Walking the talk on Act East: How India can reach out to Asean nations

Prime Minister Narendra Modi with the ASEAN Heads of State / Governments and ASEAN Secretary General at the ASEAN India Commemorative Summit, in New Delhi. (Photo: PTI)
The India-Asean commemorative summit saw the presence of the leaders of all ten member states of Asean not only at the summit but as guests of honour at the Republic Day Parade. The summit was the 25th anniversary of the sectoral partnership, the 20th anniversary of the dialogue partnership and the fifth anniversary of the strategic partnership enunciated at the 20th anniversary commemorative summit in 2012. The ten leaders’ presence along with PM Modi on this occasion indicates that India’s engagement with Asean as a whole is now close, and our recognition of them as neighbours.

The engagement builds on traditional relations between India and most Asean countries, and events such as the Ramayana festival, the startup hackathon, the youth and student exchanges manifest point to this. The diversity is institutionalised through the three pillars of Asean community building — socio-cultural, economic and politico-strategic. The socio-cultural aspects are varied and deep and continue unabated. The economic pillar was the main focus of the 2012 commemorative summit, when the Asean-India Free Trade Agreement in services was signed and negotiations for the Regional Comprehensive Economic Partnership (RCEP) began. Our “Act East” policy since 2014 added to this through a $1 billion line of credit for connectivity projects and a Rs 5 billion project development fund.

The latest summit saw a transition to the politico-strategic pillar, with the leaders specifically focusing on maritime security cooperation. The visits of Indian dignitaries to most Asean countries in the last three years, the altered situation in the South China Sea, the disruptive approach of China and the diminished role of the United States, among others, put pressure on Asean, its principles and its centrality in the region. The Indo-Pacific as a concept thus assumes significance, as also the re-emergence of the Quad.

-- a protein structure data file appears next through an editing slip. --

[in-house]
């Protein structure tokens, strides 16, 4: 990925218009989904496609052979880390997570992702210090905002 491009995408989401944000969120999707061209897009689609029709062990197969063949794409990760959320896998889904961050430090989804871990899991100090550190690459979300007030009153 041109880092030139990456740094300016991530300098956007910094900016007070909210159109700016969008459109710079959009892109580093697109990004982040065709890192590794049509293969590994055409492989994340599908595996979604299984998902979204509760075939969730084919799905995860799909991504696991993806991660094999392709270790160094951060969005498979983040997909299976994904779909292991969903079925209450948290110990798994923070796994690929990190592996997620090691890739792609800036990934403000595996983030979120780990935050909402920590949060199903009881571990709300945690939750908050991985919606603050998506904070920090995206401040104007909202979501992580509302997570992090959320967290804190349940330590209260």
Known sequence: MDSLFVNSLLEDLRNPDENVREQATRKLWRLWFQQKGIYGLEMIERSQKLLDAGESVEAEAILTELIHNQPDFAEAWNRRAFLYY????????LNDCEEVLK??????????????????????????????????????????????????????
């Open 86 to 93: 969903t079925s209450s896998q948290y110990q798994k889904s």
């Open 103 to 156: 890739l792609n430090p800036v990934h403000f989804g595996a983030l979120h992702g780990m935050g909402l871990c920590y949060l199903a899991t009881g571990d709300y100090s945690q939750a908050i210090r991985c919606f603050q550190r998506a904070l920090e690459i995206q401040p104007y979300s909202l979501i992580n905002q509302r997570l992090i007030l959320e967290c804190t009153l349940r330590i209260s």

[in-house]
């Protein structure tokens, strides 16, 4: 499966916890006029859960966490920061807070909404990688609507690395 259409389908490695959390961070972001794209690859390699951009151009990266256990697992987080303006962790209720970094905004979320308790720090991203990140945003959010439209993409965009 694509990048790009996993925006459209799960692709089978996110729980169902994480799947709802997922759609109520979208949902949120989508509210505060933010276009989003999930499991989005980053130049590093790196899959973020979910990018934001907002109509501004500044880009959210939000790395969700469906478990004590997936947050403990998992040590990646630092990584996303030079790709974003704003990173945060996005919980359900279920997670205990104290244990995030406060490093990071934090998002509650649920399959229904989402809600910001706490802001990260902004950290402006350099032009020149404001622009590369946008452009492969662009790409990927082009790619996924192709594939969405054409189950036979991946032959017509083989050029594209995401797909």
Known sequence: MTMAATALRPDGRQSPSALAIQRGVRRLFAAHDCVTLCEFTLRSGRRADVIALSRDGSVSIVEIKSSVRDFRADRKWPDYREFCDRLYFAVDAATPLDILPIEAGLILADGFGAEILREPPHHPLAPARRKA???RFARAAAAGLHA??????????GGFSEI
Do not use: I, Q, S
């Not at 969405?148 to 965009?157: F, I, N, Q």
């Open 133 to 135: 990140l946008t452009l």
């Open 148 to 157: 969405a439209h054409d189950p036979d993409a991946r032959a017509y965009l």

The summit focused on the strategic aspects — how to keep our region at peace and maintain healthy economic growth. After all, the future of 25 per cent of humanity is at stake. Most of them are young and cherish democratic values.

The summit looked at the current scenario and reaffirmed that member states will continue to work with East Asian partners (Japan, China, South Korea, Australia, New Zealand, Russia and the US) to promote common principles. The Quad will assist Asean in its objectives. The trust deficit among regional players has widened, with China and North Korea trying to alter the regional balance for different ends. The summit recognised that unresolved territorial claims on the sea and land continue to accentuate problems in the region and are connected to terrorism, illegal migration and poaching of fish. It also recognised that the change in the region since 2012 has been palpable and a threat to our quest for peace and stability. This resulted from China’s disruptive actions. This calls for greater responsibility to maintain the Asean way and its centrality, while the equilibrium in the Indo Pacific needs careful management to prevent hegemonic expansion.